Halivni rejects Sherira’s description of the development of the Talmud outright for the following reason, which is the basis for Halivni’s commentary on the Talmud. The Talmud is replete with forced explanations. These forced explanations can be explained once one understands that whoever supplied them did not have access to the accurate original sources. These sources can be reconstructed by appealing to parallel sources. The Stammaim, who supply both the anonymous content and the dialectic portions of the Talmud for each sugya did not have access to these parallels, but now we do. From here, Halivni begins to write a commentary that explains a series of sugyot according to his method. This commentary spans forty-five years and thousands of pages. Along the way, some conclusions he has drawn from the sugyot he has analyzed force him to reconsider Sherira’s description of the Saboraim and the time in which they were active.
Yet Halivni moves slowly and cautiously through this minefield. In Midrash, Mishnah, and Gemara (1986) he writes, “with respect to the time when the period of the Saboraim began, as well as what happened during that period, I do not dare diverge from R. Sherira’s chronicle. We are totally dependent on him—the oldest and most classical historian of the Talmud—for the history of the Saboraim.” (140) Although by the time he writes The Formation of the Babylonian Talmud he has rejected both Sherira’s account of the evolution of the Oral Law and his timeframe for the Saboraim, Halivni still feels compelled to organize his theory around their existence and Sherira’s description of their function. Yet they constantly get in the way. One is left to wonder how Halivni’s theory would change if he were to wipe the slate clean of R. Sherira’s letter and re-develop his theory from scratch, only using the internal evidence of the text, a method he actually argues for at the outset (11-12). The fact that it took Halivni so many years before incorporating the work of Transposers and Compilers (see below) into his formation theory demonstrates his bias for moving outward from Sherira and the sugya rather than inward from the evidence of the Talmud alone.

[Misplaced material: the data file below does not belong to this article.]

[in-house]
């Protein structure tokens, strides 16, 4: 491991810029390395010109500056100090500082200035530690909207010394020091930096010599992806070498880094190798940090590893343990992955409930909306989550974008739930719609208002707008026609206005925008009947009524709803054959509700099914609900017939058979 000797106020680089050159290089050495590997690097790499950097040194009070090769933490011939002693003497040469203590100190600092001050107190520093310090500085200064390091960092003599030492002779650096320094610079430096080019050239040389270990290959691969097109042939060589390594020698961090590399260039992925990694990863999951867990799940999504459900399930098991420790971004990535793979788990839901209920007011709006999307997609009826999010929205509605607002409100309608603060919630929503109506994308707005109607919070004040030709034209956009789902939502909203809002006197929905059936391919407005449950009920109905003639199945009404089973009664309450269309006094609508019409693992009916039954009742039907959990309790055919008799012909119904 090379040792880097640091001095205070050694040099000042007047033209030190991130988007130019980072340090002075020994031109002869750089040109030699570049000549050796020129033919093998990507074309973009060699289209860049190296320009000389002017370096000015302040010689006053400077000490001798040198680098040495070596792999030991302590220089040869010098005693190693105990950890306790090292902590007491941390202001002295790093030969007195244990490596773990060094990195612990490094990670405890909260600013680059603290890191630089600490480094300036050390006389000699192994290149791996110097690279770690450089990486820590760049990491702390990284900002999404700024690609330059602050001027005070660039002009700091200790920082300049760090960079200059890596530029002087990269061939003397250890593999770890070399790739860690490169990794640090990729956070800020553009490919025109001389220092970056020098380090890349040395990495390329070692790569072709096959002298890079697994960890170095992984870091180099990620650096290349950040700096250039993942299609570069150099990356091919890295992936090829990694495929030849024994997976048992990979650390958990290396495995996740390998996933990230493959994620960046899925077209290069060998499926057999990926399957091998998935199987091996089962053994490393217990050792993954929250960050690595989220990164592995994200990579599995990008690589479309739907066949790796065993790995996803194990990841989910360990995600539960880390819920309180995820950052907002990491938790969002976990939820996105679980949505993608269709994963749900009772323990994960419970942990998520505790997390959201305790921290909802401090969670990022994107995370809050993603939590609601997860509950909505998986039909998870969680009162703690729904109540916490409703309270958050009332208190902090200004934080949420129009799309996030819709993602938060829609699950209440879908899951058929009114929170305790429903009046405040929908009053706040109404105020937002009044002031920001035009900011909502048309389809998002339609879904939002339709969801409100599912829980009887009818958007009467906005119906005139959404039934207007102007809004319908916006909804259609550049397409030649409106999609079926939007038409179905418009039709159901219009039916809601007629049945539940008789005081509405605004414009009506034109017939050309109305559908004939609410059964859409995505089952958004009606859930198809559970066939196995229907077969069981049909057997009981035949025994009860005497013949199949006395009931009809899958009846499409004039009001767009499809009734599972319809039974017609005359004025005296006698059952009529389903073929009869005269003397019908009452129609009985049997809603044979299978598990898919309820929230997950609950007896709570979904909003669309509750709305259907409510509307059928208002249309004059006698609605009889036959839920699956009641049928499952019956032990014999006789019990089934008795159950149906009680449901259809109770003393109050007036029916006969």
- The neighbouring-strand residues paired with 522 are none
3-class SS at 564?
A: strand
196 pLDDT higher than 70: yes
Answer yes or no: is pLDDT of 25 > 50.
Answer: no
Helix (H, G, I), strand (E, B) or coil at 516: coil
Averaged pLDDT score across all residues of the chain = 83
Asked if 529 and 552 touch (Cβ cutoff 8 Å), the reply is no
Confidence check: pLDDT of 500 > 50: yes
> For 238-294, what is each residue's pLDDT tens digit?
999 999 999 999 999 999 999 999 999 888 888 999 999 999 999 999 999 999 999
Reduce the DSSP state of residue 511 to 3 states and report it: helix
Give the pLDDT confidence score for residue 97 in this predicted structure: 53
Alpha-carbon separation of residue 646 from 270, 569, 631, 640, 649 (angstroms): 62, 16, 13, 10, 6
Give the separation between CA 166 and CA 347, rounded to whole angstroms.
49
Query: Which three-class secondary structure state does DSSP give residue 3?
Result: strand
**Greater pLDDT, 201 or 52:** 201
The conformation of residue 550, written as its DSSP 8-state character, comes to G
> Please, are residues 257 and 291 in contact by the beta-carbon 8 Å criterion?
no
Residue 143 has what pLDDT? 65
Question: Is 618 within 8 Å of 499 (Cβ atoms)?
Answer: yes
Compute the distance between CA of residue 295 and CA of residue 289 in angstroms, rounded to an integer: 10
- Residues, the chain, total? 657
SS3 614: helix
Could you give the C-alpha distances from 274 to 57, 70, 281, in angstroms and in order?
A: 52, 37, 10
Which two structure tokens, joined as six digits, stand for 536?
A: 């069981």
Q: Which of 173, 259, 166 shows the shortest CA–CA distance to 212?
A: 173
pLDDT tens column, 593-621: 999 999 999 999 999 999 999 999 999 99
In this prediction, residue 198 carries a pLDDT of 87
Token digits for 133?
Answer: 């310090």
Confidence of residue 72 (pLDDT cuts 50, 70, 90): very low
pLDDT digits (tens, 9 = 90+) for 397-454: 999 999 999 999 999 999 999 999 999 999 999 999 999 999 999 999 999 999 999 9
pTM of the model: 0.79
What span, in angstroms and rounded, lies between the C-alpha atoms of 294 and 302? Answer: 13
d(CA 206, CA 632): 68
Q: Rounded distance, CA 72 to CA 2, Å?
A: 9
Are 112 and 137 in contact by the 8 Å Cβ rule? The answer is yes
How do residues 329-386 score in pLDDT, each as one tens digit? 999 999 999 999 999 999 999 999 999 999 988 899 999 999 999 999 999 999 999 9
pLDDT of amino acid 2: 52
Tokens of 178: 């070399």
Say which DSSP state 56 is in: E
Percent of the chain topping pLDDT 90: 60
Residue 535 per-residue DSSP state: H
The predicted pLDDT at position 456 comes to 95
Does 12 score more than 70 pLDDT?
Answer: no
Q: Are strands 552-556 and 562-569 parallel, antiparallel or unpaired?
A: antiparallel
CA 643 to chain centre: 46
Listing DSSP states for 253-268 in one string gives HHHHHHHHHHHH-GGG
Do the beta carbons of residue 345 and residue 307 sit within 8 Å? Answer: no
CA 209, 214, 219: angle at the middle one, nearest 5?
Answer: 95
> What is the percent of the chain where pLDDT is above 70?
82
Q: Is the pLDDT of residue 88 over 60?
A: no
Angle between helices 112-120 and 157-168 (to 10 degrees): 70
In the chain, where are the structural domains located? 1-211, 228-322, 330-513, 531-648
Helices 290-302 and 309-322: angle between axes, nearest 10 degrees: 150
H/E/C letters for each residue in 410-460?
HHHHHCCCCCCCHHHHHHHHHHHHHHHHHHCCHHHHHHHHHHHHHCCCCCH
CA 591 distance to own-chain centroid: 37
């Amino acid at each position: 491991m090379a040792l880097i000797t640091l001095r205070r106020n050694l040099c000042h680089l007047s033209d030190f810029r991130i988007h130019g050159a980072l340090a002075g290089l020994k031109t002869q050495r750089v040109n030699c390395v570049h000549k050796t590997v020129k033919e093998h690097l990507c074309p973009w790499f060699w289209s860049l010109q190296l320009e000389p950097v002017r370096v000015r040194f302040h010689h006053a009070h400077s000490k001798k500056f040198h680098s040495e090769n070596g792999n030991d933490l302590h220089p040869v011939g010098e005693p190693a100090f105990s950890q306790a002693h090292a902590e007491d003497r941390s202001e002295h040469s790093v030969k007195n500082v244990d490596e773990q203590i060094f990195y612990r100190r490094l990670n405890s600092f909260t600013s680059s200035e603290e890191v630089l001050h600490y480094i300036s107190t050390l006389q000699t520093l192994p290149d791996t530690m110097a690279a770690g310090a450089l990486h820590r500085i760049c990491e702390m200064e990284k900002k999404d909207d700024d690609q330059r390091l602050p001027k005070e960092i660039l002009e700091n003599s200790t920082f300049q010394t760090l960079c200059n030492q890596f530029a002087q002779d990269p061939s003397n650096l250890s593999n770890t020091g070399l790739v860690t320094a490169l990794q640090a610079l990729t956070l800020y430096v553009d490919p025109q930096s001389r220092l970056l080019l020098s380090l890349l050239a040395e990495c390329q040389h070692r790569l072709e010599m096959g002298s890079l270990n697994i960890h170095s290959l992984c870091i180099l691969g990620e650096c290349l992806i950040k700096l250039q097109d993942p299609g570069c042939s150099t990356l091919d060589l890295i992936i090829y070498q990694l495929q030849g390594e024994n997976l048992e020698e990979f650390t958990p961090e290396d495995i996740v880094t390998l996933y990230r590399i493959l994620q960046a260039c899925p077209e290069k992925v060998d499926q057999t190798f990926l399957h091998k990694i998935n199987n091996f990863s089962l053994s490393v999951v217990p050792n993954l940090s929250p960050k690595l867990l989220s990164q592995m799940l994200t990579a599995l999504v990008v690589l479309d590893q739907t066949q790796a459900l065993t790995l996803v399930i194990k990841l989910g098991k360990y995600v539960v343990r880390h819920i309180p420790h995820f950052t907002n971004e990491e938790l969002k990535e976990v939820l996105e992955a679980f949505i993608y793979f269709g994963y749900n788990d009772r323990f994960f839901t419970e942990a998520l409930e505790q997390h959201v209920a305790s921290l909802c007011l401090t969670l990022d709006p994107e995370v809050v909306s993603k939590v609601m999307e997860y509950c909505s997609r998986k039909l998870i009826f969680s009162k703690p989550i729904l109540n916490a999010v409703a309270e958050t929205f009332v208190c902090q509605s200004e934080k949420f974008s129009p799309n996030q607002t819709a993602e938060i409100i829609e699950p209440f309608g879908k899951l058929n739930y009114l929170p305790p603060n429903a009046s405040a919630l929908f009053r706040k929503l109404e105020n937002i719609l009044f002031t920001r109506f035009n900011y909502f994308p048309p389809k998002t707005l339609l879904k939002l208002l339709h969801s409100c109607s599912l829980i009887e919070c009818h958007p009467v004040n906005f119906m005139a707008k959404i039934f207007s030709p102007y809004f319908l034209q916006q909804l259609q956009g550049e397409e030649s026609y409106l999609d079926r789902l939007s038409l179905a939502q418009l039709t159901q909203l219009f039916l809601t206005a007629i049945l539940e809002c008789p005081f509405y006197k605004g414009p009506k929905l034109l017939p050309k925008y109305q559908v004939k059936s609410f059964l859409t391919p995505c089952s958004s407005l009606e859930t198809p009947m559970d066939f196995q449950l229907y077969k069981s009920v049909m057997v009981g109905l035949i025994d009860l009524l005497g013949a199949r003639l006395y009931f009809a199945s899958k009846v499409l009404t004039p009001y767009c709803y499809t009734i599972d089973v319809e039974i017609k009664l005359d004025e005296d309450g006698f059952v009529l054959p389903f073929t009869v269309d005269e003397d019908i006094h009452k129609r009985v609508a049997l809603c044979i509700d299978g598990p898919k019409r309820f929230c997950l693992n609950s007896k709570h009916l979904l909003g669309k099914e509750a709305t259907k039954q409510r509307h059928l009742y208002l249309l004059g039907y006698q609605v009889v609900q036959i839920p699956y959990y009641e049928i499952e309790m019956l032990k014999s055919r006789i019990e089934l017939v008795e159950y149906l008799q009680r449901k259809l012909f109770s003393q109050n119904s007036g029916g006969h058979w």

The problem with this approach is that it is more likely that Sherira’s understanding of the development of the Talmud is derived more so from his reading of the Talmud (and earlier texts such as seder tannaim) and earlier Gaonic sources than from an accurate tradition that goes back to the talmudic era. Halivni himself comes to this conclusion, albeit slowly. So why not simply ignore Sherira’s identification of the Saboraim with a particular literary activity? Why not simply assign the Saboraim the function he assigns the Stammaim and extend their era? It seems that a scanty few occurrences of minor anomalies, like the handful of times names are found both in Sherira’s Saboraim list and the Talmud, have forced Halivni to push his dating of the end of the Amoraic period back fifty years. Additionally, Halivni makes much to do of Sherira’s attribution of a passage in the Talmud to Huna Gaon (29-34). On the one hand, one is left with a sense that Halivni cannot completely disentangle himself from Sherira’s letter despite recurring arguments that one must look only at the evidence of the Talmud for formulating a theory of its formation (220-221, n.82). On the other hand, a lull at the end of the Amoraic period, where for fifty years not much happened, does provide the historical space Halivni needs to establish his overall theory. If the Amoraic era was still alive from 500-550, but in sharp decline, then it is easy to imagine that the dialectic argumentation of earlier Amoraim was forgotten during this period.